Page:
Master of Satire We'll Miss Jon Stewart More Than Brian Williams, Conventional Reader of News

Pittsburgh Post-Gazette (Pittsburgh, PA), February 13, 2015 | Go to article overview

Master of Satire We'll Miss Jon Stewart More Than Brian Williams, Conventional Reader of News


It was only minutes into an interview with Jon Stewart before a screening of his film, "Rosewater," last November when I knew he would never fully return to "The Daily Show." Working on that heartfelt and effective movie about an Iranian journalist who was imprisoned by the regime for 118 days made the comedian wax poetic about how lasting and indelible film was compared to a television show.

He was explicit about his change in attitude in his surprise announcement Tuesday that he'd be leaving the show. "What is this fluid," he said, pointing to his eyes. "What are these feelings," he said pounding the desk. He then confirmed what he had hinted at a few months earlier. "This show doesn't deserve an even slightly restless host."

There had been signs. He had become a factory of satire and social commentary, attracting and developing talent that often bid fair to surpass the master. John Oliver has taken uncovering the truth into new territory, rooting out corruption in places as varied as the Miss America pageant and for-profit schools that exploit veterans. Stephen Colbert did such a job unspinning phony spin with truthiness that he is taking over for David Letterman this year. Another "Daily Show" alum, Larry Wilmore, has made a promising beginning with his "Nightly Show."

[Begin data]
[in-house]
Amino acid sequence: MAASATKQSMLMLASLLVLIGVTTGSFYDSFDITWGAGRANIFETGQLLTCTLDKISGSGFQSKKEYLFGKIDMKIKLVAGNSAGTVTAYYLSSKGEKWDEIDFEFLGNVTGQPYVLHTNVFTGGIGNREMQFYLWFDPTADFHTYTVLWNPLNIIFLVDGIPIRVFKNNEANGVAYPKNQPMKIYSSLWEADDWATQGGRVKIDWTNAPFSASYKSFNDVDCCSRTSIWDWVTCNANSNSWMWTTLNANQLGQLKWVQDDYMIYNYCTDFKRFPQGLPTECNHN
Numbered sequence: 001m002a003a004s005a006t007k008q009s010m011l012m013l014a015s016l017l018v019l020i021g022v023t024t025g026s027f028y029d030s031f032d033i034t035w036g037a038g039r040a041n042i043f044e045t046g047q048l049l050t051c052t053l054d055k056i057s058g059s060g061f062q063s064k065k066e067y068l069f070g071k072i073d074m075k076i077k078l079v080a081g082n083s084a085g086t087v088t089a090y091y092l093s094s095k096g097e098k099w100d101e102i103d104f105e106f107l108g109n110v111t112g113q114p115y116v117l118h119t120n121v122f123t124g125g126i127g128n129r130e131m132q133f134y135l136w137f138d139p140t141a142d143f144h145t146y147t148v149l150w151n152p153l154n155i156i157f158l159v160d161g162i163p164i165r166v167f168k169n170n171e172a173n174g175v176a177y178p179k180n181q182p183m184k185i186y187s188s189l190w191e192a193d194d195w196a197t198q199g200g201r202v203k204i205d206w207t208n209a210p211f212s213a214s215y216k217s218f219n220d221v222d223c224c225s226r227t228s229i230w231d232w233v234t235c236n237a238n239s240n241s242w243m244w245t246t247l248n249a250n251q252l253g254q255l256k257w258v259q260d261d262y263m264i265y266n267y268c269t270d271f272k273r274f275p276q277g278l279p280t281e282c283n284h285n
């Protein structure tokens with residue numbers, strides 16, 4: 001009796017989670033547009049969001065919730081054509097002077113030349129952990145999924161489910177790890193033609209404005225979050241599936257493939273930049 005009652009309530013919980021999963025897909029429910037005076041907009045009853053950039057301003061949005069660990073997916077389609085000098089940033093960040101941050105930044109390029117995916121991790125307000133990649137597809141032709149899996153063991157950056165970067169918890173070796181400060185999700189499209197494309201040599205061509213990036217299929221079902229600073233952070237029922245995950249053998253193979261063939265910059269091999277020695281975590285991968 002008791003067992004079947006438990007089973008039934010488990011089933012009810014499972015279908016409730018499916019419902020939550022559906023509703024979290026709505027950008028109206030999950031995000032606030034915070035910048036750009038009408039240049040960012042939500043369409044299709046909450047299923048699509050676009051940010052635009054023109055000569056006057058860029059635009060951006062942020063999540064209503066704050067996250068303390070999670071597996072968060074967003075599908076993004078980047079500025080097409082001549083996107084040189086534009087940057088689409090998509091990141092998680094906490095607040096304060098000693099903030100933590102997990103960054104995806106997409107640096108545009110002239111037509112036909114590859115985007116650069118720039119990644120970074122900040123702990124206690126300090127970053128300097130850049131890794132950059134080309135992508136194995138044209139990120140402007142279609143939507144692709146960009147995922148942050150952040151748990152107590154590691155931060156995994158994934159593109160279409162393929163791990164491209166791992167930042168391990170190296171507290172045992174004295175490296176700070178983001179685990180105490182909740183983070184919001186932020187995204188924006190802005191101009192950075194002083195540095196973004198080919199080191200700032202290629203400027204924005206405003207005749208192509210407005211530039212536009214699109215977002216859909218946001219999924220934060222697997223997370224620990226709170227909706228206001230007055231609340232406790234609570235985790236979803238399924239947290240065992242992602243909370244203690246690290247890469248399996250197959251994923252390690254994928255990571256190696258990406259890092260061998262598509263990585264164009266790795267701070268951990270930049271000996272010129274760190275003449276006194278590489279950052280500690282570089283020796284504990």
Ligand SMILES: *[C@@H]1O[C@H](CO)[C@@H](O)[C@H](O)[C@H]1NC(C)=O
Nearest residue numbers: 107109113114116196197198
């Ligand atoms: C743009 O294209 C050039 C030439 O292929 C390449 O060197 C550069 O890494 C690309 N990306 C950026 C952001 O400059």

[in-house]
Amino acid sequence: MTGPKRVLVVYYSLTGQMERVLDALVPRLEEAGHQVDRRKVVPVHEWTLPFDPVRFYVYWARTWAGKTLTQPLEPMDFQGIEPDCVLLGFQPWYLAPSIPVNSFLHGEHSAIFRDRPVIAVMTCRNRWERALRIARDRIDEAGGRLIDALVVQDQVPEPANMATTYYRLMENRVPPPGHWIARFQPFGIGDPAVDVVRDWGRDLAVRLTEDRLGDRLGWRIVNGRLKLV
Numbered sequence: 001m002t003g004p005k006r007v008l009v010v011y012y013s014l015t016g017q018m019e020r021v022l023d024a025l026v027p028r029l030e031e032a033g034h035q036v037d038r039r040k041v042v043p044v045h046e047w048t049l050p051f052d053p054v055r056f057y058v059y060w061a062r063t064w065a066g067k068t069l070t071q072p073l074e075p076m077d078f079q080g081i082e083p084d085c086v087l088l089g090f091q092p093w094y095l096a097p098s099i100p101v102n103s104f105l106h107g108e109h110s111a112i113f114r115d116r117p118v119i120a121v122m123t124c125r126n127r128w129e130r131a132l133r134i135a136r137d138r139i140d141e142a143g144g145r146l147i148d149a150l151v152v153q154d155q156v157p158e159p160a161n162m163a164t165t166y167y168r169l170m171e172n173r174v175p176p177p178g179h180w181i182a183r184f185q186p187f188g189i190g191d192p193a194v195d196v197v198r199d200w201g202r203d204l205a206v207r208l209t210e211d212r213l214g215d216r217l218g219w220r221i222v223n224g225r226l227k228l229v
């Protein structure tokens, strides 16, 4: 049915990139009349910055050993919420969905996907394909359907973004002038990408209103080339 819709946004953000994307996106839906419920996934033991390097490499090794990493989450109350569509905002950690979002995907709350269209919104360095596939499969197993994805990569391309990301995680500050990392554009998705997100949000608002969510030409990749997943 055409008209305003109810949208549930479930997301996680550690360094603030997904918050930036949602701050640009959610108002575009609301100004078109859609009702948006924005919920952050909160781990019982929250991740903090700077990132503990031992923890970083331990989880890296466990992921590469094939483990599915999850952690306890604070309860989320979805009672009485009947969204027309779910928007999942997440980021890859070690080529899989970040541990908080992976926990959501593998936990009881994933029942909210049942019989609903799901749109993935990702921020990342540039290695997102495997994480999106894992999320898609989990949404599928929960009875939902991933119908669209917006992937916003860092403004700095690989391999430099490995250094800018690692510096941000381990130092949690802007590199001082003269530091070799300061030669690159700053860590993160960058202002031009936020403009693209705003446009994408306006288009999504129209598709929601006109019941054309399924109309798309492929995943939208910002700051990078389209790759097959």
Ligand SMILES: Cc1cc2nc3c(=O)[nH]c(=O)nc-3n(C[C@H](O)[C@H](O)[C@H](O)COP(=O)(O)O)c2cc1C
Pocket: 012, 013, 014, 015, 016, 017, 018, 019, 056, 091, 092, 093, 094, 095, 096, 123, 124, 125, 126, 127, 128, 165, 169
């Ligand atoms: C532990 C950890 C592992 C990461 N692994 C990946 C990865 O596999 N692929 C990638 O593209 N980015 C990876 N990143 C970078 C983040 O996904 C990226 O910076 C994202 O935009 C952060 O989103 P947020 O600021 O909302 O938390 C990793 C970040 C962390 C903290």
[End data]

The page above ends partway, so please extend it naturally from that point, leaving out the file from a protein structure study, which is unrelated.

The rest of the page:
Mr. Stewart got his start in 1999 and an ocean of material was soon lapping at his shore - wild conventions, the 2000 recount that gave him the "Indecision 2000" trope, Sarah Palin, the Tea Party, two endless wars and a global financial meltdown. He mined every last bit and soon was a public figure of such standing that he was twice invited to host the Oscars. How could he give it all up?

Maybe after 17 years he felt that he just couldn't face the void of another election. He made exposing mealy-mouthed politicians look like shooting fish in a barrel. Maybe the sight of all those dead fish became too much to look at.

What's certain is that Mr. Stewart's departure will have a greater impact on the American public's news literacy than the suspension of Brian Williams from "NBC Nightly News."

Mr. Williams is a newsreader of the conventional wisdom, albeit one with 8.43 million viewers. Mr. Stewart's four-nights-a-week skewering gets an average of 1.3 million viewers, but these are in the coveted 18-to-29 demographic. When the Pew Research Center asked four questions to measure knowledge of political news and current events, "Daily Show" viewers did significantly better than network news viewers.

The comedian's segment on the Williams debacle was Mr. Stewart- in-full. First came criticism of Mr. Williams's fictional brush with combat-zone danger, then the human sympathy for the humiliated anchor - a sharp contrast to the joy so many rivals seem to take in his fall. …

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